Daffodils in vaseDaffodil buds Jackie bought at Ferndene Farm Shop opened out beautifully overnight, and looked resplendent in the morning sunshine. The Belleek vase was given to us by Elizabeth  a couple of Christmases ago. As one of the television commentators on the England versus Wales rugby match said this afternoon: ‘the sky couldn’t be bluer’. As it was at Twickenham, where the game took place, so it was in the New Forest all day. This contest was by far the most intriguing of the weekend’s internationals. Not just because England won by a comfortable margin, but because one always felt their opponents could catch them up, particularly if the home side continued to give away penalties. Both kickers had an afternoon of 100% success. Leigh Halfpenny scored all Wales’s points with his six attempts, and was later found to have dislocated his shoulder making a try-saving tackle on Luther Burrell. I won’t explain the points system, for rugby fanatics will know it, and those not interested can easily skip this bit. Incidentally, a number of international rugby players are now sporting full beards, vying with each other in length. One of the Irish players yesterday, had he been quite a lot smaller, could have passed for a leprechaun. Jackie tells me this is because ‘real men wear beards’. We needed to replace a few light bulbs which don’t seem to last very long here, so, well in time for the kick-off, we decided to visit the New Milton Tesco, where we bought some. Well, it was a good excuse for Jackie to drive us past the house that will be ours at the end of the month. It is still in situ. Continuing to Milford on Sea we had another look at that. As we emerged from Newtown to turn left into Forest Road, we encountered some congestion caused by a car parked up on the verge. The vehicle was surrounded by ponies. The driver and passenger had their windows open and were feeding the animals, which were displaying an unusual amount of energy as they imitated customers on the first day of a Harrod’s sale. Pony backlitThe more patient ones stood back, no doubt awaiting their turn. Never having been one to enter such a free-for-all, I identified with these three. At children’s parties I would always wait until the gannets had had their fill. It’s so undignified not to. In the supermarket I went in search of the bulbs whilst Jackie picked up a few other items. For one young lady it is probably just as well I did.Tesco's Shelves In order fully to understand the scene that met my eyes as I turned one corner, it is necessary to study this photograph of the shelves. Note that, after the event, the blue drink containers labelled KX have one missing from their pack. Note also the gap between the Indian tonic water and the Roses lime juice on the very top shelf. When these shelves came into my view an elderly woman making her uncertain way towards them was pointing up at the KX drinks that occupied the now empty space, in an endeavour to engage the assistance of a younger female. Had the more aged person had a straighter posture she would have been a bit taller. Even with an upright back, her helper was not as tall as the lady in need of help. She was very short. And very rotund. So much so that when she mounted the packs of Coca Cola on the pallet she had to stretch her arms up to their full length to slide her fingertips under her quarry. She teetered on the edge of the cokes, like a stunt person in a thriller movie making her way along a ledge outside a high building. She struggled to gain purchase on the slippery plastic that wrapped the consignment. She drew them towards herself. She rocked on the Cokes. The batch of KX slid forward on the edge of the shelf. Aiming, it seemed, for a dive. Approaching from behind, I reached over her shoulder and relieved her of her burden. She most certainly was relieved. Meeting her further on in the store, she gave me a pleasant smile. I thought it politic to explain to Jackie how I’d earned it. This evening’s dinner was a delectable liver and bacon casserole with which I drank a little more of the Bergerac. As with most of Jackie’s meals they are always variable in production. We therefore present today’s version, to which, once the method has been understood, you will no doubt make your own amendments. Method: Slices of lamb’s liver, including any blood in the packaging, from the Ferndene Farm Shop are ideal. If you cannot get to that outlet that is your misfortune, but I am sure you will find another good source. To that is added Sainsbury’s cooking bacon. Both, with a Knorr lamb stock cube and enough water to cover them are cooked for about five minutes in a pressure cooker. If you don’t possess such an implement, cook them in the casserole until tender. Quantities are up to you, as is the balance between liver and bacon. Liver & bacon casserole Fry four medium onions in the casserole dish. Jackie didn’t use garlic today, but it is an option. A sprig of dried rosemary, and a couple of bay leaves, with the meat and its fluid are then added. We had supplementary red peppers and carrots because they match the dish they were cooked in. There are endless such variations according to the colour of your pot, or just to your taste. Slosh in enough red wine to cover everything and simmer gently until tender. Half an hour whilst you prepare the veg should be enough. Liver & bacon plated up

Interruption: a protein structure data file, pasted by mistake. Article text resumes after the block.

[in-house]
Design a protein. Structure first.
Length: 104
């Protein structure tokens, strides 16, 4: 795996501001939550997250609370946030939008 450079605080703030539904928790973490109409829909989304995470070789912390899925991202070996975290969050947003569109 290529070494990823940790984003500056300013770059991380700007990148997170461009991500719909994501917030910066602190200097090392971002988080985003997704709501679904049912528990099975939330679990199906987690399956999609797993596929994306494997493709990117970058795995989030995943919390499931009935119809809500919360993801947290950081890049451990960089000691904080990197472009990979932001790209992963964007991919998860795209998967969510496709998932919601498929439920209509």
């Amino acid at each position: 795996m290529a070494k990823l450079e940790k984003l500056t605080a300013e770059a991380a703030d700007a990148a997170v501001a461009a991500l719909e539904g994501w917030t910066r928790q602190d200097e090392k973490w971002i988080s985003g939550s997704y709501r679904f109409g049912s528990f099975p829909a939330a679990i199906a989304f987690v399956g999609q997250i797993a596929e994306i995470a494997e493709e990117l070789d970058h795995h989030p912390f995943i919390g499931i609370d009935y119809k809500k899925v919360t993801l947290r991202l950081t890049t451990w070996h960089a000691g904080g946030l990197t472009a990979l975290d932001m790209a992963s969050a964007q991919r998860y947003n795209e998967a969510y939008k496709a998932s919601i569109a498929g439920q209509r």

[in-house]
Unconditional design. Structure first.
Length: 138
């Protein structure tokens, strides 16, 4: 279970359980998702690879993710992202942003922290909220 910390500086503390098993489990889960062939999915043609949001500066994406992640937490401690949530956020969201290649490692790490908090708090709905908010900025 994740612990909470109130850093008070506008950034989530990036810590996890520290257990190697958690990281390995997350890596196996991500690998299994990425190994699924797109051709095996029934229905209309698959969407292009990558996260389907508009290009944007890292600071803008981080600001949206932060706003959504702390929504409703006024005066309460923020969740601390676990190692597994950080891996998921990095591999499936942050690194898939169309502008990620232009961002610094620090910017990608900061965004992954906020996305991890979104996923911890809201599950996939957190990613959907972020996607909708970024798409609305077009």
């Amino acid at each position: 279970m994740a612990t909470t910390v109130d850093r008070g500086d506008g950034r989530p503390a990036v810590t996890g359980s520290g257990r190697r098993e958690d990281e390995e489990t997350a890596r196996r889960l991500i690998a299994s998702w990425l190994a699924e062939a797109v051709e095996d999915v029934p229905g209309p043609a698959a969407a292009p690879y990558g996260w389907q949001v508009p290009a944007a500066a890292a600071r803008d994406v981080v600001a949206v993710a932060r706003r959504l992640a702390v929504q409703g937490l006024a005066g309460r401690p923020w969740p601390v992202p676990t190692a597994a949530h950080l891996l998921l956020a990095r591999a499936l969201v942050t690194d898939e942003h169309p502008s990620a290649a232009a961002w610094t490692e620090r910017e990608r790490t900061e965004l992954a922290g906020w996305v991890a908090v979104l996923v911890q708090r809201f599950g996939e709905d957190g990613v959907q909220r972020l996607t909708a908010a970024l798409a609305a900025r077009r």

It looks pretty good on the plate, and is very flavoursome.